Project HELP: PTSD—Helping Preschoolers with Family Trauma

Hurting family

Little 3-year-old David took my hand as we looked out the window, watching and listening as an ambulance drove by the day-care center. He said in a quiet voice, just so I alone could hear, “I rode in that ambulance.” I had to choke back my own tears because I knew he remembered a terrible, violent incident that happened to him a few months before. That summer, he would wear a shirt when our child-care class played outside in the sprinkler because he did not want the other preschoolers to see the scars on his belly from stab wounds that almost killed him.

It was my first year out of college, and I taught a class of 3-year-olds in the day-care center. I did not have the knowledge or life experiences to know what to say or do for David, so I just loved him in the best ways I knew. Since that time, I have had opportunities to minister to preschoolers who have been through other traumas, such as family issues of divorce, suicide of a parent, and terminal illness of a family member. These were each life-changing events for the preschoolers and their families. Even an event such as a car wreck can be traumatizing to a preschooler. Each situation is different, but we can be of help to preschoolers who face trauma within their families. These are some things I learned along the way.

  • Pray for God’s guidance. Pray for God to lead and direct you to know how to minister to this preschooler and the family. Pray for the words to say when words are needed.
  • Realize the losses the trauma may have brought about for the preschooler. He may have lost things or people who are familiar. There may have been a change in the family’s living arrangements or in their financial status. For the preschooler, this may bring about a loss of security.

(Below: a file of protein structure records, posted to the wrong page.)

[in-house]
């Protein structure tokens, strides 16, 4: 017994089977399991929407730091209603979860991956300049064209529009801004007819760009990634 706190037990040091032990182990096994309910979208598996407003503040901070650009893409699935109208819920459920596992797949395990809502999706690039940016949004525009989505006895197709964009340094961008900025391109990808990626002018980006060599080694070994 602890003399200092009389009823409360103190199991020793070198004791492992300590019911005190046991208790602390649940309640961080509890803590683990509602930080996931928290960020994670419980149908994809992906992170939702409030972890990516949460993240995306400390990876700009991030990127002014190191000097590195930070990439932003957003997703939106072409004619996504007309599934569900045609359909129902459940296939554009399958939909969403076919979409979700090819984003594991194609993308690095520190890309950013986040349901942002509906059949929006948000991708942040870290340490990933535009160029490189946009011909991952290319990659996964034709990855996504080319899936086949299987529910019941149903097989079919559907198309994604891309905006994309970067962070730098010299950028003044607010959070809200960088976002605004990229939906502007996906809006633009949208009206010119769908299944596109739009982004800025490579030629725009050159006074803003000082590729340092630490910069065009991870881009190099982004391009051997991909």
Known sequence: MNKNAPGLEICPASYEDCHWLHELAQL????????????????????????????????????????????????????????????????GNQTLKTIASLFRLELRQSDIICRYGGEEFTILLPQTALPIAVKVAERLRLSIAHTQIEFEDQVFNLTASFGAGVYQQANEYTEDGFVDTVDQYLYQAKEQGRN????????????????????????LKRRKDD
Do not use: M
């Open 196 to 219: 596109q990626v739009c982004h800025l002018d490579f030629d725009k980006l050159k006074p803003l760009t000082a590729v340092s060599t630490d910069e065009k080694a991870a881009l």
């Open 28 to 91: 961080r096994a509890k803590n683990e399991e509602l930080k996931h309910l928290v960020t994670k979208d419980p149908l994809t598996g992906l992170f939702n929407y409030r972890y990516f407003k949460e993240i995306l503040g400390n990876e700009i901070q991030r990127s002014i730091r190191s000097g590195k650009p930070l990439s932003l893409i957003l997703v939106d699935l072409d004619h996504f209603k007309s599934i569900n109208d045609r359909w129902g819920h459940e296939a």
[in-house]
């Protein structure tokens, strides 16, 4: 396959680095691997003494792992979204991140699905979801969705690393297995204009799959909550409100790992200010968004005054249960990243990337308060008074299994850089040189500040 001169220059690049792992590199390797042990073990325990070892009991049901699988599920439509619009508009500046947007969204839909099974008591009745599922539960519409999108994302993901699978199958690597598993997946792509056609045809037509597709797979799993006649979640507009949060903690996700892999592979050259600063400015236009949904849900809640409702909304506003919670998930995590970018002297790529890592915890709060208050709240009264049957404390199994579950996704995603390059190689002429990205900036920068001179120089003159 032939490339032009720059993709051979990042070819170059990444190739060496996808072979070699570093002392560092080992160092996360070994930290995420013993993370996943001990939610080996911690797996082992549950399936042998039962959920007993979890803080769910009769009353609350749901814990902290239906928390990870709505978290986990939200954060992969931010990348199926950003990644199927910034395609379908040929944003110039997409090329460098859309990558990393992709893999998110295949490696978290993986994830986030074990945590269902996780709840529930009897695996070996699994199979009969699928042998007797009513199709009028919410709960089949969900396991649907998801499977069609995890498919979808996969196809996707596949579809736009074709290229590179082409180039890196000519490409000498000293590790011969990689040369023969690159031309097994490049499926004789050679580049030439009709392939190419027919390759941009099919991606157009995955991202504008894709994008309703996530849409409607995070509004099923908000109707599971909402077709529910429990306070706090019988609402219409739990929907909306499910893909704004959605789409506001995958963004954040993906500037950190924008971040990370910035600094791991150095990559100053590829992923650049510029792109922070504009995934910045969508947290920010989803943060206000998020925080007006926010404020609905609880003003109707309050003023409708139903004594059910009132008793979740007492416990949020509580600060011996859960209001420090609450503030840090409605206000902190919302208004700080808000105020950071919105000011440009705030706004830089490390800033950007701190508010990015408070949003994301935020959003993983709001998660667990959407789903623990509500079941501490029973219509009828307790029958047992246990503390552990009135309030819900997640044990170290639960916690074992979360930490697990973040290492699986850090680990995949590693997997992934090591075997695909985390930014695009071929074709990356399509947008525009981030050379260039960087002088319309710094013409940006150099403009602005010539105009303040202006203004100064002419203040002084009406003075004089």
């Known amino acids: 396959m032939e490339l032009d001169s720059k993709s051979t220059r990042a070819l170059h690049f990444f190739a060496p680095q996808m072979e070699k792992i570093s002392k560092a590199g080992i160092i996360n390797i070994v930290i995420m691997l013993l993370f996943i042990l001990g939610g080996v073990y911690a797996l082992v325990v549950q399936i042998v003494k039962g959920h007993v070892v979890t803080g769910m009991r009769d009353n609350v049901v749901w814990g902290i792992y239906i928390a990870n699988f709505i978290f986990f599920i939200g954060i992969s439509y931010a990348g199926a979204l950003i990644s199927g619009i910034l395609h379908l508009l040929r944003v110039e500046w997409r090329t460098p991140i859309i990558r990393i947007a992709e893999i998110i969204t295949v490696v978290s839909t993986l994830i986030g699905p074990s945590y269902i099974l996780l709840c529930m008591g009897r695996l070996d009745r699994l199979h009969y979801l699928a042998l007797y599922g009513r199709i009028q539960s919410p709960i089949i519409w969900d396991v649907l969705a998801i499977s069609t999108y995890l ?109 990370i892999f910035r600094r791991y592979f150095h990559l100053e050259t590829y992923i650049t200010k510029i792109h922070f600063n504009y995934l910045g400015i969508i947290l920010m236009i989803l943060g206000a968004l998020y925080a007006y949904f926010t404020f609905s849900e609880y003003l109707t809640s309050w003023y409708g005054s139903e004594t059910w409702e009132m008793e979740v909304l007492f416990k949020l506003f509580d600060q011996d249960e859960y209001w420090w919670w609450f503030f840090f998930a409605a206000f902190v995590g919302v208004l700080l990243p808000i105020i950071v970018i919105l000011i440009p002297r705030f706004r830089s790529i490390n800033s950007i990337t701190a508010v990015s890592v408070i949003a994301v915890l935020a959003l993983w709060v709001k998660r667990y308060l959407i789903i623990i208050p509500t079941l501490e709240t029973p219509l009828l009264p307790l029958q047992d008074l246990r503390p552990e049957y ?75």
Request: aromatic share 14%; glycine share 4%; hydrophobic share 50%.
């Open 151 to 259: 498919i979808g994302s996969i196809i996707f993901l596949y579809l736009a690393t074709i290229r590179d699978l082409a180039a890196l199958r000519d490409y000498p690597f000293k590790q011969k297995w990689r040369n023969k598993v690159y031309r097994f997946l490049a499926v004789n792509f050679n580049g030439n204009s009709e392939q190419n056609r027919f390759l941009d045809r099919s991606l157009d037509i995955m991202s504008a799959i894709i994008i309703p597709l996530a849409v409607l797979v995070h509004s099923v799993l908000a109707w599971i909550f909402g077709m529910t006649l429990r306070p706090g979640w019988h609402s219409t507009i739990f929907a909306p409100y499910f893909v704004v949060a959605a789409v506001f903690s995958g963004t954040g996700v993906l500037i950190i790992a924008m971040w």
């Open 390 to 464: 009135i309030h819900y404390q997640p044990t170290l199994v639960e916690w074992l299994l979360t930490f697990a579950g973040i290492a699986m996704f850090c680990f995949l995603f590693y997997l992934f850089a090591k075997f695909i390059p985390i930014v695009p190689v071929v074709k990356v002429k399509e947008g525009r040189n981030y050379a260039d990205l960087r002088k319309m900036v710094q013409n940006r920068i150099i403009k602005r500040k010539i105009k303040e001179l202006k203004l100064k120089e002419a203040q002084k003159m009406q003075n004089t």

• Look for changes in behavior. Has the preschooler become more aggressive, or has the opposite happened and she is more withdrawn? Has the preschooler reverted back to more babyish behavior such as thumb sucking or soiling himself? Be sensitive to the preschooler’s needs, and it might help to keep a change of clothes on hand for the preschooler.
  • A preschooler who has been through a family trauma may need reassurance that his parent will return. Assure the preschooler that you know where his loved one is at church by saying, “Your mom is down the hall in her Bible class. She will come for you when she is finished.”
  • Help preschoolers sort out their feelings through play. Preschoolers make sense of events through dramatic play with blocks, puppets, or in Homeliving. Give opportunities to draw, paint, or pound play dough. Some types of play can be soothing, such as water play.
  • Give more time for the preschooler to be close to you. Hold the child to read a book together or sit together to draw. This gives reassurance when you are near.
  • ŸRead the book Sometimes I Am Afraid (W148103, $8.99) to help preschoolers discuss their own fears. Use the Bible thoughts in the book to remind them that God is with them. Read Always Remember to Pray (W168103, $8.99) in guiding preschoolers to know that we can talk to God at any time.

When preschoolers in your care go through trauma, the greatest thing you can do is love them. David Crosby wrote in Your Pain Is Changing You (N144119, $14.99), “Love is the greatest response of all to the suffering and heartache in the world and in our lives. Giving and receiving love helps heal the hurts that life delivers to our bodies and our spirits.”1 As you pray for preschoolers and their families, ask God to bring healing to their hurt through the love that you give.

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1 David Crosby, Your Pain Is Changing You (Birmingham, AL: New Hope Publishers, 2014), 168.

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